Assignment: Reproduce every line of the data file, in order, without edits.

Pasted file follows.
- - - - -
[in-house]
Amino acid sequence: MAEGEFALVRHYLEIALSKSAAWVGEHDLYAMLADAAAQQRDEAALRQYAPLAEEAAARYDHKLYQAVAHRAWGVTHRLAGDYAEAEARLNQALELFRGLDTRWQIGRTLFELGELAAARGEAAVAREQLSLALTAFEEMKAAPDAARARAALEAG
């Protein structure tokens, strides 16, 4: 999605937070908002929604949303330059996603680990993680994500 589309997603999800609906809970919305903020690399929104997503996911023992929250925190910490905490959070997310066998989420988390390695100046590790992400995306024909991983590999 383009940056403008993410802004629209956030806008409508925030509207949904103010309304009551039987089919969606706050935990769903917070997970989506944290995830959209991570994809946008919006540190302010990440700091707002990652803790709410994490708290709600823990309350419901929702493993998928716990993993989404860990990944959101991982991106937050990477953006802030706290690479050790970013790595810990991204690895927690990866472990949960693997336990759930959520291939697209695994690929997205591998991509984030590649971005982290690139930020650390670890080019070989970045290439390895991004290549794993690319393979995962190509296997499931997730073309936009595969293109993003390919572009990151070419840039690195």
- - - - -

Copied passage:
[in-house]
Amino acid sequence: MAEGEFALVRHYLEIALSKSAAWVGEHDLYAMLADAAAQQRDEAALRQYAPLAEEAAARYDHKLYQAVAHRAWGVTHRLAGDYAEAEARLNQALELFRGLDTRWQIGRTLFELGELAAARGEAAVAREQLSLALTAFEEMKAAPDAARARAALEAG
């Protein structure tokens, strides 16, 4: 999605937070908002929604949303330059996603680990993680994500 589309997603999800609906809970919305903020690399929104997503996911023992929250925190910490905490959070997310066998989420988390390695100046590790992400995306024909991983590999 383009940056403008993410802004629209956030806008409508925030509207949904103010309304009551039987089919969606706050935990769903917070997970989506944290995830959209991570994809946008919006540190302010990440700091707002990652803790709410994490708290709600823990309350419901929702493993998928716990993993989404860990990944959101991982991106937050990477953006802030706290690479050790970013790595810990991204690895927690990866472990949960693997336990759930959520291939697209695994690929997205591998991509984030590649971005982290690139930020650390670890080019070989970045290439390895991004290549794993690319393979995962190509296997499931997730073309936009595969293109993003390919572009990151070419840039690195």